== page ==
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University of North Dakota to Require Digital Literacy Classes

Starting this fall, incoming students will have to take a class in digital literacy, defined as the ability to use technology to find information, evaluate sources, create content and communicate with others effectively.

digital literacy
(TNS) — First-time students entering UND in the fall will be required to complete coursework in digital literacy to graduate.

University Senate members signed off on a proposal to include a course in digital information literacy among undergraduate students' general education requirements, known at UND as Essential Studies.

Transfer students entering the university in fall 2025 will also be subject to the requirement.

The course will help satisfy a mandate passed by the State Board of Higher Education last year to educate students in digital literacy, which the board defines as "ability to use technology to find information, evaluate sources, create content, and communicate with others effectively."

Per the board's mandate, the digital literacy requirement will be added into existing courses instead of adding another required general education class.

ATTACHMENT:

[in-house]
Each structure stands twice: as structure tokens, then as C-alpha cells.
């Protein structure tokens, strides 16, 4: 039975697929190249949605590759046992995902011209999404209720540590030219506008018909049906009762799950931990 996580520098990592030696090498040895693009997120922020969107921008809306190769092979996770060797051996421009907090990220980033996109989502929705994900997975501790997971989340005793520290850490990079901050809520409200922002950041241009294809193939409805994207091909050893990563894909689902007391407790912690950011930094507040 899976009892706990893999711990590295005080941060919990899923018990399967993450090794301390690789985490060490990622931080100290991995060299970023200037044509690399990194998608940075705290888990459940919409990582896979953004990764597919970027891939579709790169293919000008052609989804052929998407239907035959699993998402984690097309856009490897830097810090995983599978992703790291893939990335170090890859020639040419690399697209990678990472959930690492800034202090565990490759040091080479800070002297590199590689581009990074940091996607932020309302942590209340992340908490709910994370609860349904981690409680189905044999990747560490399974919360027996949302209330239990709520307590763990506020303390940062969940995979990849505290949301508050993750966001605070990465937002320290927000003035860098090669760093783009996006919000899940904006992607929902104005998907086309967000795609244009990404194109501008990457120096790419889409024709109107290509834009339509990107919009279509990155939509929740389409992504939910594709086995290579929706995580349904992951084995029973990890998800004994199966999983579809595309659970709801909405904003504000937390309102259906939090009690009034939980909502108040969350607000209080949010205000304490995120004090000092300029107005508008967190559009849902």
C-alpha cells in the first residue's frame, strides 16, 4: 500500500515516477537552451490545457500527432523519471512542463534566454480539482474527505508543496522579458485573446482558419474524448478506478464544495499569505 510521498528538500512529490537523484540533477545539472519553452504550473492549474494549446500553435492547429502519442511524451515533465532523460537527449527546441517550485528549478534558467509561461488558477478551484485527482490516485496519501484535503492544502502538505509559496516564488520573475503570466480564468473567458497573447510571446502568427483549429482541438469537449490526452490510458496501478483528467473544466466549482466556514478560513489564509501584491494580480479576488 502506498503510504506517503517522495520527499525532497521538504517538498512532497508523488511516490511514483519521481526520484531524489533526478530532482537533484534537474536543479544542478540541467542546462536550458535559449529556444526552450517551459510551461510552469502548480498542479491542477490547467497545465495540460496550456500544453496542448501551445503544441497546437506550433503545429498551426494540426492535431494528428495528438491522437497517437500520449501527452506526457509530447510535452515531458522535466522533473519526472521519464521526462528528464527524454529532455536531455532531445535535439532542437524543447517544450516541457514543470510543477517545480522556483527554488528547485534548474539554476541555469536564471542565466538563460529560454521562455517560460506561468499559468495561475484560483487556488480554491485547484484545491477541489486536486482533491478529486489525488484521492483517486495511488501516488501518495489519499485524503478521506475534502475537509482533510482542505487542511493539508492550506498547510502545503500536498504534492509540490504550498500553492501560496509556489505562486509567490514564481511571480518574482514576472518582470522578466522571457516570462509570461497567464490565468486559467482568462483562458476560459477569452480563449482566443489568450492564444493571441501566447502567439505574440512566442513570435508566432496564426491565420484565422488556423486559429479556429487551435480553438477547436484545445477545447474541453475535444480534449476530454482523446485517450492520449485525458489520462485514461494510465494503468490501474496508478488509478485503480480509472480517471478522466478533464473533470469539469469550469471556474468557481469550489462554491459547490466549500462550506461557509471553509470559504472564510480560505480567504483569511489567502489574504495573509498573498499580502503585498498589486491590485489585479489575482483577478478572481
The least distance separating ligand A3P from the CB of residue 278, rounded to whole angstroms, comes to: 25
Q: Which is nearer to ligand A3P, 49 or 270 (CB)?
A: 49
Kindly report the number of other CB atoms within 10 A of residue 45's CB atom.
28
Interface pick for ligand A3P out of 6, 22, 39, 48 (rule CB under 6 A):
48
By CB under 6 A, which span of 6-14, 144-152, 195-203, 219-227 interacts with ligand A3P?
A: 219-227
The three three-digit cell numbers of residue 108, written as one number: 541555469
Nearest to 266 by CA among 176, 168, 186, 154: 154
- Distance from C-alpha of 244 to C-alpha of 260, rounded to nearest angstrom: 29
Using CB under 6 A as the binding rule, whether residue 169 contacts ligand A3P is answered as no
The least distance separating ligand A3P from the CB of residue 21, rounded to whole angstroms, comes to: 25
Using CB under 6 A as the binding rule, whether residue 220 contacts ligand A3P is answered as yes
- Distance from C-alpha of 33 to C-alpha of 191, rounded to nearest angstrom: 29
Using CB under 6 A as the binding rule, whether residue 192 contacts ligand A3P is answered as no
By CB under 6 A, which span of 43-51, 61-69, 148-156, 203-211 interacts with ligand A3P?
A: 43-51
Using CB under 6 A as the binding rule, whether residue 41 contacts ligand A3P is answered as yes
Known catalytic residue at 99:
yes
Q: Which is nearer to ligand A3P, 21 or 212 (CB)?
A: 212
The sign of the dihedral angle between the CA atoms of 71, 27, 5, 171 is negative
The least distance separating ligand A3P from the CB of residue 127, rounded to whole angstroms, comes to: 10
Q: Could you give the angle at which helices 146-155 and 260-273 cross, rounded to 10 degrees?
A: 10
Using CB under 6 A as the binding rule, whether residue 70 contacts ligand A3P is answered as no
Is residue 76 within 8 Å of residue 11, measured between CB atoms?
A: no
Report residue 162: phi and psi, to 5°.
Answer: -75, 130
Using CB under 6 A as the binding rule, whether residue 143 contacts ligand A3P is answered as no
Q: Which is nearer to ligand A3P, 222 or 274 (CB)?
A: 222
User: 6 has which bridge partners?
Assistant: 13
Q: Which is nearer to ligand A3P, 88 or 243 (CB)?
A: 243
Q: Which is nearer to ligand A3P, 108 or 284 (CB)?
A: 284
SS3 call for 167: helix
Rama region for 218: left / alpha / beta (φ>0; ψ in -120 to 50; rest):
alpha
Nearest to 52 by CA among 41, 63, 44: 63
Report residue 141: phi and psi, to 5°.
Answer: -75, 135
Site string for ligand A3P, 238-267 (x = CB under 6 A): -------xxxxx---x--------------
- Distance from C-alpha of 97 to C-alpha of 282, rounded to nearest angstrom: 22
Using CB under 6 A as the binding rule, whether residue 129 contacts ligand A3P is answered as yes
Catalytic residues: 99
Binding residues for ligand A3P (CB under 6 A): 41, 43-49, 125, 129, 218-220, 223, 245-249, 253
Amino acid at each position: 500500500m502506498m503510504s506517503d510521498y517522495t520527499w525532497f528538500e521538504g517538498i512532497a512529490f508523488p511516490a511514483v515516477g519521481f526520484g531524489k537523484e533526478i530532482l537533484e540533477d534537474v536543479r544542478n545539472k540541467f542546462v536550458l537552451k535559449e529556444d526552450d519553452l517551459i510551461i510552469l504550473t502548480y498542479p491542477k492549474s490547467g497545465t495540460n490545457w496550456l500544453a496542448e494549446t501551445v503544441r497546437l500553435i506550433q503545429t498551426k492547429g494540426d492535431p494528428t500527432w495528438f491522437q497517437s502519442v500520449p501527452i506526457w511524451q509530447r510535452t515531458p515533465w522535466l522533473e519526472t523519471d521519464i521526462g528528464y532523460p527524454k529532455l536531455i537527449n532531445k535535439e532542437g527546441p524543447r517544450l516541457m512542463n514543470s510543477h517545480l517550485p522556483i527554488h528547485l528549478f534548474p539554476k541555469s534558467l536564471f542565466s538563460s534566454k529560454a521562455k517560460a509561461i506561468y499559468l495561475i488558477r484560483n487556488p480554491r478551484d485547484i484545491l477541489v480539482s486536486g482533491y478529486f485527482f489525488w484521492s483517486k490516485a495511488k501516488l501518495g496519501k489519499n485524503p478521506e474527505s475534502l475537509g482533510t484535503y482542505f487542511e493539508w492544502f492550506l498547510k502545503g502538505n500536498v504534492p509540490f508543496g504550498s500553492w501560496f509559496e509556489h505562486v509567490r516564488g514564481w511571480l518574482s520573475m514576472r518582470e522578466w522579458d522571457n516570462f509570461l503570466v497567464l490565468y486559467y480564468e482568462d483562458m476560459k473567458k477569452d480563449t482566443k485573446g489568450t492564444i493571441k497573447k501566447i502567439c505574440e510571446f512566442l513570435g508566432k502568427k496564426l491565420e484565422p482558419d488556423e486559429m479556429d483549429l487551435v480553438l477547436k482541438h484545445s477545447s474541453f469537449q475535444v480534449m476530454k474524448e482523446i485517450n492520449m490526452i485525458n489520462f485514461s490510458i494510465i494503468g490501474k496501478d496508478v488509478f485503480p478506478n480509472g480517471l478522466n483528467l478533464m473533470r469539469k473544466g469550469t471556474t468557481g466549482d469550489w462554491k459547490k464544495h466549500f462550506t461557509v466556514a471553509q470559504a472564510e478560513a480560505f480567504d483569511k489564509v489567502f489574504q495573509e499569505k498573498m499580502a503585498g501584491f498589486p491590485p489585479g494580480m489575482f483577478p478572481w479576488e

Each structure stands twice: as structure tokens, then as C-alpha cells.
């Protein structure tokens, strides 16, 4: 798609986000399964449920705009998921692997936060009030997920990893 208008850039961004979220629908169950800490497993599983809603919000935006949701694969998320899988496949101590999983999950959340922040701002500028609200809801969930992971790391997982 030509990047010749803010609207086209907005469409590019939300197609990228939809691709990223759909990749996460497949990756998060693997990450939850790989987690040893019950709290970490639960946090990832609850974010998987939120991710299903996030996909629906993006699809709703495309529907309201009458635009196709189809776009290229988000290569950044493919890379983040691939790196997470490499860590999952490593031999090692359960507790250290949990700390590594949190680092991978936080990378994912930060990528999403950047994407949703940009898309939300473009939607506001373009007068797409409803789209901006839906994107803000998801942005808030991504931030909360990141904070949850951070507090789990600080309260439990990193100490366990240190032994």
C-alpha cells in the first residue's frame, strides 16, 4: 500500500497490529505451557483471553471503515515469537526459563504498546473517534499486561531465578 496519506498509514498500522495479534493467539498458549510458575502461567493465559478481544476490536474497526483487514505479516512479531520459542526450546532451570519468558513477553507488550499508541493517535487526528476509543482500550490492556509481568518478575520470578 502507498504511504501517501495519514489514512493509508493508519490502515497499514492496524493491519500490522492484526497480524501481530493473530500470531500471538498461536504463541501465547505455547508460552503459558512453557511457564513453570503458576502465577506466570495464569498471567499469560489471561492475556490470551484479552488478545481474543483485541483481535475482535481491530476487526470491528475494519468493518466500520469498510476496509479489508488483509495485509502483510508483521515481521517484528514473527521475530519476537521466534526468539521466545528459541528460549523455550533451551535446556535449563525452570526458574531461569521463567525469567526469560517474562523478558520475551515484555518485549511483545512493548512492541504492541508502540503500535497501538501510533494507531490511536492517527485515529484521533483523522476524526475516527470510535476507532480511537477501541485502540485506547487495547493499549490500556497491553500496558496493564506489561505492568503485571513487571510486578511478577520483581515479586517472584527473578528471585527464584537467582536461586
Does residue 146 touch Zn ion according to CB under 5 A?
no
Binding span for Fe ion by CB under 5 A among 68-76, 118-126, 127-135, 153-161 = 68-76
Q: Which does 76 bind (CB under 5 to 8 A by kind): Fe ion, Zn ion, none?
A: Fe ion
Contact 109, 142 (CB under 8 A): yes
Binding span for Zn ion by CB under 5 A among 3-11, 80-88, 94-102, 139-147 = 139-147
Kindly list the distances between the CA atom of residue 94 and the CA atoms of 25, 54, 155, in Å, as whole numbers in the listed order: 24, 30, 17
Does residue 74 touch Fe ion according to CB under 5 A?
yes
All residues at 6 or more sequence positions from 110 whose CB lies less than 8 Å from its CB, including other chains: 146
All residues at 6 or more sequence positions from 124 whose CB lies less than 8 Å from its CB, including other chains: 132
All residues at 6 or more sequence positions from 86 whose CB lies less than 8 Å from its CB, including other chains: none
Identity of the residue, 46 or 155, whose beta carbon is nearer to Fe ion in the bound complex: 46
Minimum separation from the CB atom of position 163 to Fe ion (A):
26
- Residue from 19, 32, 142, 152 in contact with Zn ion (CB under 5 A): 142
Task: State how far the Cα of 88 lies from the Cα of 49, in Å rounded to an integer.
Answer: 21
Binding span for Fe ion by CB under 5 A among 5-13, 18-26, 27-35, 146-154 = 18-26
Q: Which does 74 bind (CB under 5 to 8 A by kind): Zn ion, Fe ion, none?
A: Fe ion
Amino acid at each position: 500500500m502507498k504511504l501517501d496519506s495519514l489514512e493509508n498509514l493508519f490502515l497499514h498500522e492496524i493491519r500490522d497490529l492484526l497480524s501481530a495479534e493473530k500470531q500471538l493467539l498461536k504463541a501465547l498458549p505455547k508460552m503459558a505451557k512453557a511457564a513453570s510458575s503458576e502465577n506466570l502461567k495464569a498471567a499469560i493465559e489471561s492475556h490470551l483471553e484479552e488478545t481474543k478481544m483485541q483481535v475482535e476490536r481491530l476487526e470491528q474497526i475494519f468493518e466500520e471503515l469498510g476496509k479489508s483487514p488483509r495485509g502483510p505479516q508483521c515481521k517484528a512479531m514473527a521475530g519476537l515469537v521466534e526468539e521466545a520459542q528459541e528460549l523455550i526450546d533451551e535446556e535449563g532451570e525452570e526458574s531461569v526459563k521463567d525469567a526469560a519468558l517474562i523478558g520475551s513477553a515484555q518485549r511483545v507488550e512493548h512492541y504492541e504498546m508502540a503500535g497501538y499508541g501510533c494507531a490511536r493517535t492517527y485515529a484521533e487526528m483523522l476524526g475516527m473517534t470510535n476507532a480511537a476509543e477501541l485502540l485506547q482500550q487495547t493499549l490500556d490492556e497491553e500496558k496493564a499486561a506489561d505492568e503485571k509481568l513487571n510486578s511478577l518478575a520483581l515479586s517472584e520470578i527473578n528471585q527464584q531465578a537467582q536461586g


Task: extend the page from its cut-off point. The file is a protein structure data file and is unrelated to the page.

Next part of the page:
"What we're trying to do through this is infuse the idea of digital literacy throughout the curriculum," said Lori Robison, steering committee member and English department chair. "I love the idea that this isn't going to be the property of one particular discipline."

Faculty will need to participate in training and submit their revised courses for approval to fulfill the digital literacy requirement.

A handful of faculty will be "fast-tracked" so their courses can fulfill the digital literacy requirement beginning in the fall, but Robison said the "vast majority" of classes fulfilling the digital literacy requirement will not be available for incoming freshmen until their second or third year of college.

Incoming students will also be required to complete onboarding modules in cybersecurity, email and messaging safety and password practices.

Not all North Dakota University System institutions will require digital literacy courses — the NDUS policy allows for schools to require students to complete online modules or designated courses through Dakota Digital Academy — and students transferring from other state schools who have completed that school's digital literacy requirement will not have to do so at UND.

"We think we've gone above and beyond what the state asked us to do," Robison said.

Ultimately, 87 percent of the University Senate's members signed off in favor of the proposal, with 7 percent opposed and 5 percent abstaining.

Mark Jendrysik, a political science professor, was against adding to the "bloated" Essential Studies requirements and suggested the university should drop one of its existing general education requirements as a trade-off.

"We've been adding things to ES since ES was started," he said. "Are we adding more burden?"

©2024 the Grand Forks Herald (Grand Forks, N.D.). Distributed by Tribune Content Agency, LLC.